And whilst the first singing of praise recorded in the Scriptures would seem to have been a spontaneous outburst of grateful hearts, when the service came to be fully established it was definitely and frequently enjoined upon them by the commandment of Jehovah. In Psalm ix. we are exhorted ” to sing praises to the Lord, Who dwelleth in Zion.” In Psalm xlvii. the following language is to be found: ” Sing praises to God, sing praises: sing praises unto our King, sing praises. For God is the King of all the earth: sing ye praises with understanding.” Many similar references might be cited. Frequently these exhortations to sing praises to God are addressed to all nations of the earth, as in Psalm Ixvii.: ” O let the nations be glad and sing for joy. Let the people praise Thee, O God; let all the people praise Thee.” And again in Psalm Ixviii. the language is, ” Sing unto God, ye kingdoms of the earth,” indicating that this ordinance was intended for universal and perpetual use, and not to be limited to the Mosaic dispensation. There are also intimations that as a part of the Old Testament ritual it was more pleasing and acceptable to God than sacrificial offerings, for the Psalmist says, ” I will praise the name of God with a song. This also shall please the Lord better than an ox or bullock that hath horns and hoofs.” The example of our Lord and His Apostles in singing Psalms before they left the upper room, where the sacrament of the Supper was instituted, to go out to ‘ the garden of Gethsemane, and the singing of Paul and Silas within the prison walls at Philippi, followed by the miraculous opening of its doors, is evidence sufficient to indicate that this service was intended to form a part of the worship of the New Testament Church.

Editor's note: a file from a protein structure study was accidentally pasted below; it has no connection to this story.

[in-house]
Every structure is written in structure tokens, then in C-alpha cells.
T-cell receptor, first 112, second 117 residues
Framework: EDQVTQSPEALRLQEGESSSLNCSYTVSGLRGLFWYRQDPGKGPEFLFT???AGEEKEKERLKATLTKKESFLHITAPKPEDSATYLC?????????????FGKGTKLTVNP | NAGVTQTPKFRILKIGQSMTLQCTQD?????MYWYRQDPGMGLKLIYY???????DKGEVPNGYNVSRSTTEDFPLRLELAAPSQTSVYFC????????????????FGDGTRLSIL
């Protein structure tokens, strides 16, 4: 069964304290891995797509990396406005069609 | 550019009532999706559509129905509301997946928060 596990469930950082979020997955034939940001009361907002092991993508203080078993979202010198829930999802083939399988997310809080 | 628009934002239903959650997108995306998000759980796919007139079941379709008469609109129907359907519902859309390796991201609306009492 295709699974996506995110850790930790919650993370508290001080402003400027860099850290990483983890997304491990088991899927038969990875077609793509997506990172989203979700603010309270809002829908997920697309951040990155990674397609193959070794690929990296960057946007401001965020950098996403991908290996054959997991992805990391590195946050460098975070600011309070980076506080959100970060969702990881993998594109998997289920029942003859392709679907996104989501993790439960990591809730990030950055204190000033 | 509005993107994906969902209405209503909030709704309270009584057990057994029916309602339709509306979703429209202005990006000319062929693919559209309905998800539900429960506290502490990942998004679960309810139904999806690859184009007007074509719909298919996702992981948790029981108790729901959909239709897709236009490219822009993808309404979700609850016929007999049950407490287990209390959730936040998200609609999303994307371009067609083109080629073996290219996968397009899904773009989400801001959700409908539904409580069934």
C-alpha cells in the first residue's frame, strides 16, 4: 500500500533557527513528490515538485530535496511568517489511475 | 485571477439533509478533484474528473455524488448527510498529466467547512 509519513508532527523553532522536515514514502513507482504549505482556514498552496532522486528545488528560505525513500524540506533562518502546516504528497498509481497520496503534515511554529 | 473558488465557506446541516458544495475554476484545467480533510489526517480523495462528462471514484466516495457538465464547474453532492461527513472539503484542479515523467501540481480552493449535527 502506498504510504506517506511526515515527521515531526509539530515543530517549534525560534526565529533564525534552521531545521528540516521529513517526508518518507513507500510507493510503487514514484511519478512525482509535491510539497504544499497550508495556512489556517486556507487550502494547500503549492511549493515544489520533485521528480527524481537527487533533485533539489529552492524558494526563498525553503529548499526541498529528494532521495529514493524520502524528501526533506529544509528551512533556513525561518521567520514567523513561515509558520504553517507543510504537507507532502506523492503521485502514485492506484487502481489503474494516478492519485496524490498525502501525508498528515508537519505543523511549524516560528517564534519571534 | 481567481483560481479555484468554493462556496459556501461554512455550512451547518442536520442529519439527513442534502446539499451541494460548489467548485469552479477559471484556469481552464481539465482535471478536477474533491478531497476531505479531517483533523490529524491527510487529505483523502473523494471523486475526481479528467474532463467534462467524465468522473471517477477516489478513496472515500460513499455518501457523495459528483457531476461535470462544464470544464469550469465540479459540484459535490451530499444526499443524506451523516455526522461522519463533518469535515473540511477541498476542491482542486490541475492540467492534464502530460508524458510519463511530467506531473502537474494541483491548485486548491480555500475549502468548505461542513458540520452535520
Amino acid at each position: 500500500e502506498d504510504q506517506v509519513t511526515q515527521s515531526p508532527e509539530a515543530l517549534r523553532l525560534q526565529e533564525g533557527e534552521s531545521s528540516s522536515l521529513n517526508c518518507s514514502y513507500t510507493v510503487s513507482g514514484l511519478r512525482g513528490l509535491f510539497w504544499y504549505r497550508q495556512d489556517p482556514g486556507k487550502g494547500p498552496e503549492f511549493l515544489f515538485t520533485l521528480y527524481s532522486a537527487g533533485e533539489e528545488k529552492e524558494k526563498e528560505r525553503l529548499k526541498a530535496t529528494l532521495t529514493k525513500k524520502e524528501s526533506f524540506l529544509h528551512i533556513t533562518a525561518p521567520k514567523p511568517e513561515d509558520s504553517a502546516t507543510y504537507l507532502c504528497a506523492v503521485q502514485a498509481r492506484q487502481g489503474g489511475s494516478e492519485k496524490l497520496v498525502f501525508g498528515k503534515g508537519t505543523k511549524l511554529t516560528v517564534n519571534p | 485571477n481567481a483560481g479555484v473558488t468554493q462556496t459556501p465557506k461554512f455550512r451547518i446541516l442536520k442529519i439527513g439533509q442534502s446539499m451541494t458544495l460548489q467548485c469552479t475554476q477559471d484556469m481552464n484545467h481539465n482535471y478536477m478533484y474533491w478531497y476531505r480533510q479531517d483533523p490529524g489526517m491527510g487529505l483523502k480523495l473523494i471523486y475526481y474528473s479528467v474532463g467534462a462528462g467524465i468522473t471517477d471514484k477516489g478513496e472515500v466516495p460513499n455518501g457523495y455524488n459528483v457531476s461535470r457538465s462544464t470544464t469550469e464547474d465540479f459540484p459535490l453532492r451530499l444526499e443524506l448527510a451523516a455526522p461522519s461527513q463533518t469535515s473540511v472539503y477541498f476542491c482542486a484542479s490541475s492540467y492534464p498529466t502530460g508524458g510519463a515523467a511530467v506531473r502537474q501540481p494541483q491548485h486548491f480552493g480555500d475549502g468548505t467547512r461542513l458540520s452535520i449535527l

But the importance of this duty only becomes apparent when we consider it in its relation to the spiritual life of the worshiper. This ordinance was instituted no less for our profit than for God’s glory, and its proper observance must necessarily bear a very definite relation to the development of the graces of the Spirit in our hearts. Stafford, in his History of Music, says, ” In the first ages of the Church music formed a principal part of divine worship.” Pliny in writing to Trajan, A. D. in, says, ” The church assembled before daybreak to sing alternate hymns to Christ and to God.” And does any one profess to believe there was no connection between this fact and. the fulness of the Spirit’s influence and power which they then enjoyed? In later and corrupt times this part of worship was indifferently performed or entirely neglected, and one of the first efforts of Luther was to restore not only the doctrine of justification by faith, and the priesthood of the individual believer, but the privilege of popular participation in public worship. Says Waldo Pratt, ” If we are minded to imitate the practices of the early Reformation time, there is no item that would be more valuable than the united singing of hymns and psalms. In those days thousands were converted simply through the agency of song.” And another has said that ” the Church was largely psalm-sung into reformation.” It is evident, therefore, that the spirit in which the praise service of a congregation is conducted will determine the state of its spiritual life. Who would expect large spiritual results to manifest themselves where the praise service is left entirely in the hands of the choir, whether ungodly or Christian, while silence is allowed to reign in the pews when God is being worshiped in song? It has been truly said that choir music may foster a deeper and more intelligent spirit of worship. Under the ministry of such impressive music, when reinforced by the personal power of consecrated singers, a vast assembly may be touched and sobered as by the sound of an angel’s voice. But the singing of praise is not intended to affect the hearer so much as to utter the thoughts and emotions of the singer, and it can only flourish as a part of religious worship where there is congregational spirituality which craves expression. If strife and division characterize the life of the Church, or if coldness and indifference are manifest to any large degree among God’s people, the natural and necessary result will be a lack of spirit and life in the singing of praise to God. To perform this duty aright, therefore, it will be found necessary not only to cultivate a musical quality of voice, without which the singing must necessarily be indifferently performed, but, what is of still greater importance, we must seek to bring all the desires of our hearts and the purposes of our lives into harmony with the character and will of Him Whose praises we sing, else our praise service will be one in which the lips participate, but in which the heart finds no interest. A proper performance of this duty, however, requires that we